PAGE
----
Kabul Kabob -- the exact opposite of a chain restaurant -- would've won two dozen Bests, one for each item on its menu, if reading that kind of thing wouldn't have gotten awfully repetitive. As it was, Kabul won three, and giving it Best New Unexpected Restaurant was my way of saying that it was a strong contender for Best New Restaurant honors. But it had Brasserie Rouge to contend with in that category, and that restaurant's another unbeatable addition to the dining scene.
Finally, the disclaimer. Did I eat at every restaurant in the city? Of course not. Did we snub your favorite taquería/sushi bar/burger joint? Probably. And was this year's list totally subjective and situational? Without a doubt. This is food we're talking about here, not quadratic equations. There are no absolutes. We love what we love and we hate what we hate, and we do what we can with everything in between. If you really feel that we slighted one of your faves or heaped undue honor on some undeserving shmoo this year, let me know. It's firstname.lastname@example.org, folks. Don't be shy. The best thing about Best of Denver is that twelve months from now, we'll be doing it all over again.
And after that bonfire, the slate's wiped clean.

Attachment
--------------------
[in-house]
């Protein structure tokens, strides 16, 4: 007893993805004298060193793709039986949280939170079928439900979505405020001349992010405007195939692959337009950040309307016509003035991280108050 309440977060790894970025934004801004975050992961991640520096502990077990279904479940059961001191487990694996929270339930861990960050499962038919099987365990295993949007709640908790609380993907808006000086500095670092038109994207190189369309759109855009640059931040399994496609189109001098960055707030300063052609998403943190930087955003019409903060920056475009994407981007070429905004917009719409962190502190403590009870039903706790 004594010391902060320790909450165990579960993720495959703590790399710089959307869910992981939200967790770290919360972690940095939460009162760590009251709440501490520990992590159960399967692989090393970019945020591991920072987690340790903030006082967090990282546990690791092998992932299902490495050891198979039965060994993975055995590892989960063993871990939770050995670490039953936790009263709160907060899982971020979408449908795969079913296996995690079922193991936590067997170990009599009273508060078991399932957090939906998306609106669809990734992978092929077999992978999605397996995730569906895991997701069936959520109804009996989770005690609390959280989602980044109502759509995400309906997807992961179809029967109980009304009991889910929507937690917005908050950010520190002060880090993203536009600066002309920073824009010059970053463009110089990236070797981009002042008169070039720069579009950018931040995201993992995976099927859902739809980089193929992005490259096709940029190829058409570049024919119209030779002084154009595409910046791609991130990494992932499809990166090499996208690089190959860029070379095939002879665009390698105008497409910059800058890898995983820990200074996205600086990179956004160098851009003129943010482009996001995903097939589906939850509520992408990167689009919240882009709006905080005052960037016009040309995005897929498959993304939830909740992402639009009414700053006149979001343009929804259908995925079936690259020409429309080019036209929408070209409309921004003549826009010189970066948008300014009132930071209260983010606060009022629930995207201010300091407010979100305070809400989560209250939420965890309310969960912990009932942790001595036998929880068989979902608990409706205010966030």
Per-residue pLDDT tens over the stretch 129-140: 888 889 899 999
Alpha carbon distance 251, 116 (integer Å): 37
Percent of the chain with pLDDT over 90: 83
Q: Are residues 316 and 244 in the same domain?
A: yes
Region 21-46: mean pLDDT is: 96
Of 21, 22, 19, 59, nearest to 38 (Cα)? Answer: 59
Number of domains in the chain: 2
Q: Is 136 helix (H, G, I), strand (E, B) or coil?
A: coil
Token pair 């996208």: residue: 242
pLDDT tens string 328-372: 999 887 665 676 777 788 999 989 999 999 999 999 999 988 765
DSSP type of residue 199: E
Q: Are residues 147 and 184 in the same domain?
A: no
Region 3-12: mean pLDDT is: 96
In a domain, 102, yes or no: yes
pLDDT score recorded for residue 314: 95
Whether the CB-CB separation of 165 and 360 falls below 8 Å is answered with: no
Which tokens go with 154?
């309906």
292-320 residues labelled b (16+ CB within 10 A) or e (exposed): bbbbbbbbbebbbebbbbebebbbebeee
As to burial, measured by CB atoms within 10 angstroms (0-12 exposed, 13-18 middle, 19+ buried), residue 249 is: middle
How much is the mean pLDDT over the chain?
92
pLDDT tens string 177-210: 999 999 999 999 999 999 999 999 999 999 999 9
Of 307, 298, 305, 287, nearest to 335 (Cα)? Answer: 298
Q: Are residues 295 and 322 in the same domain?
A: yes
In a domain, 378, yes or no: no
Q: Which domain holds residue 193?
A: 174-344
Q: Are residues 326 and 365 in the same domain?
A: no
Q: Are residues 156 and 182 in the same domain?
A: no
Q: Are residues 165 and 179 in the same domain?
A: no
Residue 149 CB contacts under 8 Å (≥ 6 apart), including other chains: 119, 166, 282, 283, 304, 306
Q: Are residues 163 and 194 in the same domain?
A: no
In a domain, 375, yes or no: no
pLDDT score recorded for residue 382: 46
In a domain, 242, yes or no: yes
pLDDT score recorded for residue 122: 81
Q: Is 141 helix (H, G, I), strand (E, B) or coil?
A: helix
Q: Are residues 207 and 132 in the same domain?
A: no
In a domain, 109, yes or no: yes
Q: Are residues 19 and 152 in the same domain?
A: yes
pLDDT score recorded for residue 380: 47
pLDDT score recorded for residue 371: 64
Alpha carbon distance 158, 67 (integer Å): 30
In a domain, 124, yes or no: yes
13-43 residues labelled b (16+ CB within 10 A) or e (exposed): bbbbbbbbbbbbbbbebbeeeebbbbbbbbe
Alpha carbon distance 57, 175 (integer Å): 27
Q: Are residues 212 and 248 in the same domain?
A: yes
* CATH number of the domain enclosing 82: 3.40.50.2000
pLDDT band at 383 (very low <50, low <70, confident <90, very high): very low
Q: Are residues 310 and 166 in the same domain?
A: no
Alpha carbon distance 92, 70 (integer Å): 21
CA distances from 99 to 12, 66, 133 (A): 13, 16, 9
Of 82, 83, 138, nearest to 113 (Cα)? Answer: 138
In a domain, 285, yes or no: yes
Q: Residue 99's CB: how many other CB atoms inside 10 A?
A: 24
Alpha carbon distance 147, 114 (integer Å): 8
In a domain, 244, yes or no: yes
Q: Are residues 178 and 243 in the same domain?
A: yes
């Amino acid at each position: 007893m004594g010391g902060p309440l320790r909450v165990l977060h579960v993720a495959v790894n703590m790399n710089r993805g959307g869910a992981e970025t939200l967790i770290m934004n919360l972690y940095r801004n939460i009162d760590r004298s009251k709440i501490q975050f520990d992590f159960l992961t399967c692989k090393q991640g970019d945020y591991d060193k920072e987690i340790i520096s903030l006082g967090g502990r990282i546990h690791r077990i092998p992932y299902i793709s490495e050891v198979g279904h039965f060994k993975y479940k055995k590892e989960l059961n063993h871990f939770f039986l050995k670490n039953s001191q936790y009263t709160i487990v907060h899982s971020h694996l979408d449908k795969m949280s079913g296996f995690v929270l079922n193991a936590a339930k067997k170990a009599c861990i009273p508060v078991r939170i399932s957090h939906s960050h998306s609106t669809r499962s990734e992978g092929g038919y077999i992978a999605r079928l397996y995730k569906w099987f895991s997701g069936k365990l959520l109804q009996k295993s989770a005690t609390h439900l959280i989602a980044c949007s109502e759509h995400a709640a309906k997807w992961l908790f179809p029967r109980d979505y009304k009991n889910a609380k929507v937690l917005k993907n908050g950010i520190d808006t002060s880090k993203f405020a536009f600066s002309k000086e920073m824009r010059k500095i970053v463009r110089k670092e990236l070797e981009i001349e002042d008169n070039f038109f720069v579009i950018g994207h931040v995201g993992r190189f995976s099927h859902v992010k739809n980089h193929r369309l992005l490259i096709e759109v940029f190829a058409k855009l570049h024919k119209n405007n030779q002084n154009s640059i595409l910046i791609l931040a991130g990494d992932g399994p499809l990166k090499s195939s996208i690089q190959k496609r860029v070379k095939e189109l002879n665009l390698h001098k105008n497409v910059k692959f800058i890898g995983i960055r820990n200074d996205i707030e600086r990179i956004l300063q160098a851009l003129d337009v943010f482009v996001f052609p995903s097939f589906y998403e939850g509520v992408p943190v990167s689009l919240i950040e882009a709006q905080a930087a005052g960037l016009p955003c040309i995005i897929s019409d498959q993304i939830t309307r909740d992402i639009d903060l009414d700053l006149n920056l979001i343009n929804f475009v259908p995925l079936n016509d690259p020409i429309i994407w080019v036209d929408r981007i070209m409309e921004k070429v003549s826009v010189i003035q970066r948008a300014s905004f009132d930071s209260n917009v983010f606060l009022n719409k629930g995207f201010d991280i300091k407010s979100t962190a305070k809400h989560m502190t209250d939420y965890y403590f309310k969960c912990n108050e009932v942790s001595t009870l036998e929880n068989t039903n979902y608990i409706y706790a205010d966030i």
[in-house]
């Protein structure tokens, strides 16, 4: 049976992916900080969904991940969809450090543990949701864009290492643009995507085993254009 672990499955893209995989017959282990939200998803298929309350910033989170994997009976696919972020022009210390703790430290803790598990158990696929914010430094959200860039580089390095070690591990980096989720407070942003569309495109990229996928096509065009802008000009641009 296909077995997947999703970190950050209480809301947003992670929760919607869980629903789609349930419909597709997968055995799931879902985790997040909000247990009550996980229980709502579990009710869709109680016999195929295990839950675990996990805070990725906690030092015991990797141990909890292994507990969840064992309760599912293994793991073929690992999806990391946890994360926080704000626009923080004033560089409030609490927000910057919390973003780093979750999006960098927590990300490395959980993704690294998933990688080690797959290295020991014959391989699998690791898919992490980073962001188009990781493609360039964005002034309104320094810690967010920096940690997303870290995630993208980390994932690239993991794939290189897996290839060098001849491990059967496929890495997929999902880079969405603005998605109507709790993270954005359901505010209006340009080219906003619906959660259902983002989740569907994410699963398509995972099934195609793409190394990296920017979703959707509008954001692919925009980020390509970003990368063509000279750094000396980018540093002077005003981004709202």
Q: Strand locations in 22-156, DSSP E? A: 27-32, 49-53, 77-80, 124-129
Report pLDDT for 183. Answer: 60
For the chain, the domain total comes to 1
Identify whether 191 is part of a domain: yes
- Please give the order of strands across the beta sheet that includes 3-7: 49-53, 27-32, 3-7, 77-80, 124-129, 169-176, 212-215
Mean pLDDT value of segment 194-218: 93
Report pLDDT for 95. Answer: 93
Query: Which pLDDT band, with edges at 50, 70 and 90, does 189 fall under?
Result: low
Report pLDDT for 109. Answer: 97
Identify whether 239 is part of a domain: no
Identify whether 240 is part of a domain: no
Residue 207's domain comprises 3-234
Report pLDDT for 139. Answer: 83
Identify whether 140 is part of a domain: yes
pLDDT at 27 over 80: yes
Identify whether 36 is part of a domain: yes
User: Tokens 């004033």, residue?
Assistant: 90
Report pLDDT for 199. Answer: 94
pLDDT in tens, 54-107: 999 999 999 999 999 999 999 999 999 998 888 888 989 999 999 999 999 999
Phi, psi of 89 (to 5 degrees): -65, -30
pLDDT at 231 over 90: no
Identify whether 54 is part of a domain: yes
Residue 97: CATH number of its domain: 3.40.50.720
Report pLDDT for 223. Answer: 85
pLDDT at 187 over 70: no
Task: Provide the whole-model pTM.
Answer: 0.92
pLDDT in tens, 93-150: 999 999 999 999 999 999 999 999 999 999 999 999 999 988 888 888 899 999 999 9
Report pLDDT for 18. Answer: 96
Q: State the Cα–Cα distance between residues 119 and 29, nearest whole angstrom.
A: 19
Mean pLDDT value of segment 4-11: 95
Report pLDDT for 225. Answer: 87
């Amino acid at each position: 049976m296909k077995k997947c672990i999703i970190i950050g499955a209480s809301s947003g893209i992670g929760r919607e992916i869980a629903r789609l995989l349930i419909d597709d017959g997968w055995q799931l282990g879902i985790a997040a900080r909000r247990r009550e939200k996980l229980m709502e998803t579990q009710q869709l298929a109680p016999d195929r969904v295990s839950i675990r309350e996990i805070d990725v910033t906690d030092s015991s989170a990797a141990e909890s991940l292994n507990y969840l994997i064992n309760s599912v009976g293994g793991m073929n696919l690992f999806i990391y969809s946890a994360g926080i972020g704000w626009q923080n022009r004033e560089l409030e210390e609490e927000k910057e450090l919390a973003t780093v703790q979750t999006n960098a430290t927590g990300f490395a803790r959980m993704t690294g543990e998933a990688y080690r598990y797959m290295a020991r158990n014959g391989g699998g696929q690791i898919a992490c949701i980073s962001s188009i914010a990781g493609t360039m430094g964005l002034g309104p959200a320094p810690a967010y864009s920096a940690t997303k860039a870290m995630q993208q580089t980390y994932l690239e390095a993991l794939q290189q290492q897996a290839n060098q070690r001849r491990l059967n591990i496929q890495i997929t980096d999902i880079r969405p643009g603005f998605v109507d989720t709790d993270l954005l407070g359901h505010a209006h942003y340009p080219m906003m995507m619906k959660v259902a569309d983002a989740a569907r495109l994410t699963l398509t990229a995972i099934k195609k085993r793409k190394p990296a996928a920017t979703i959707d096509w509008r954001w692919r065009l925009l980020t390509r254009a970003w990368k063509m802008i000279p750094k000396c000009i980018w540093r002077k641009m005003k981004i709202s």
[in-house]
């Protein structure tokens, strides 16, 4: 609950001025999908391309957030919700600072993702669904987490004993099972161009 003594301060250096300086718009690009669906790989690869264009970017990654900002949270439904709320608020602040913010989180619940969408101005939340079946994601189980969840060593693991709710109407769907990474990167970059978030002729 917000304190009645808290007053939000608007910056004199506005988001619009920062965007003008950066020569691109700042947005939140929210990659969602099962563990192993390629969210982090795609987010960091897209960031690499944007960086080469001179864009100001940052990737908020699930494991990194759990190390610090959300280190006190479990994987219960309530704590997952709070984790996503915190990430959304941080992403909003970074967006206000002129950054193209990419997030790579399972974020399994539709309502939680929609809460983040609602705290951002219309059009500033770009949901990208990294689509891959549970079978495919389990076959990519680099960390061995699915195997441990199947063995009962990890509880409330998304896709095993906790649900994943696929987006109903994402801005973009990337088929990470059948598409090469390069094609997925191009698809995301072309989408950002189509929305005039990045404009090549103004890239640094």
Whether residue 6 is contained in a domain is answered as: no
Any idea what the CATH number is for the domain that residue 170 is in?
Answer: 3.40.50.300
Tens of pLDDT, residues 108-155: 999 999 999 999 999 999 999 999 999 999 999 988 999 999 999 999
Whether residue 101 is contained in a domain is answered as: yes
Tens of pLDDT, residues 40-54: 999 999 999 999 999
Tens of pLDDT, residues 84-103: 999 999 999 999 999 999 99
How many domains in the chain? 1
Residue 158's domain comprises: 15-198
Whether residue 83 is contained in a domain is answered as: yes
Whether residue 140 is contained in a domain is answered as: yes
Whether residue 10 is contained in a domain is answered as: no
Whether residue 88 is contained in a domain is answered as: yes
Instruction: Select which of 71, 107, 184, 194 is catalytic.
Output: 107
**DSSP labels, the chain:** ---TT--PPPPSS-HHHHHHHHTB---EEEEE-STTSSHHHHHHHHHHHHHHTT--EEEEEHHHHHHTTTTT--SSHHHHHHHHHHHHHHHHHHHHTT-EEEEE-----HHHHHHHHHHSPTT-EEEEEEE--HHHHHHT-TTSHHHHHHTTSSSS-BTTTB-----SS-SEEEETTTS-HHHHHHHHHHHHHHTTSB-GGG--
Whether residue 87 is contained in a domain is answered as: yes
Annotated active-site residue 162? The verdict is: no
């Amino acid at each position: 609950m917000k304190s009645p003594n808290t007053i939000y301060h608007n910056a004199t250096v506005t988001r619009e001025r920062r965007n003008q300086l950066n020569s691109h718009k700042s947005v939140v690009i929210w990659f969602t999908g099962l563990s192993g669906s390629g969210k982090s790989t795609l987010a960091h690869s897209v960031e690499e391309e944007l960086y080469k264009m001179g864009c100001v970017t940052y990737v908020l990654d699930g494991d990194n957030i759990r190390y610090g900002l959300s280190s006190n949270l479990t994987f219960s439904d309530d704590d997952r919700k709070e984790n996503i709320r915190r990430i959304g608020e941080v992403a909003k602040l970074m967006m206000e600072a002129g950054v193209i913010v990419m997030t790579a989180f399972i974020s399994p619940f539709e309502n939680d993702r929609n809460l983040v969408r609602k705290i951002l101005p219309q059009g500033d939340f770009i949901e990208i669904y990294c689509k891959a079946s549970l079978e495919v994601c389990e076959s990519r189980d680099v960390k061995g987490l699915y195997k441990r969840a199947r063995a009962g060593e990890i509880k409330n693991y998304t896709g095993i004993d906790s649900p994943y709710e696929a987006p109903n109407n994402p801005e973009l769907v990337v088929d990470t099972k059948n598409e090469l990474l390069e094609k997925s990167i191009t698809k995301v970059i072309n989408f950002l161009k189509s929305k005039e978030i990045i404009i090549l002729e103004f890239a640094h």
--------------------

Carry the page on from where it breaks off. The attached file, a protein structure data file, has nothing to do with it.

Leftovers: Even as we were laboring over the rag-ends of the Best of Denver, this city's restaurant scene continued to evolve. Next week, Table 6 will finally open at 609 Corona Street. After months of hassles with liquor licensing in the former home of the Beehive, the Adega partners have backed off from their ownership position and turned both front- and back-of-the-house operations over to veteran Adega staffers Aaron Whitcomb (formerly chef Bryan Moscatello's sous chef) and Aaron Foreman (once Adega's bar manager). They're looking at a soft opening on April 6, with dinner service seven nights a week and a standard beer-and-wine license to call their own.
"These are our boys," Adega partner Chris Farnum says of Whitcomb and Foreman. "They're still part of the family. We're always there to help them out with any questions, any problems, any consulting they might need."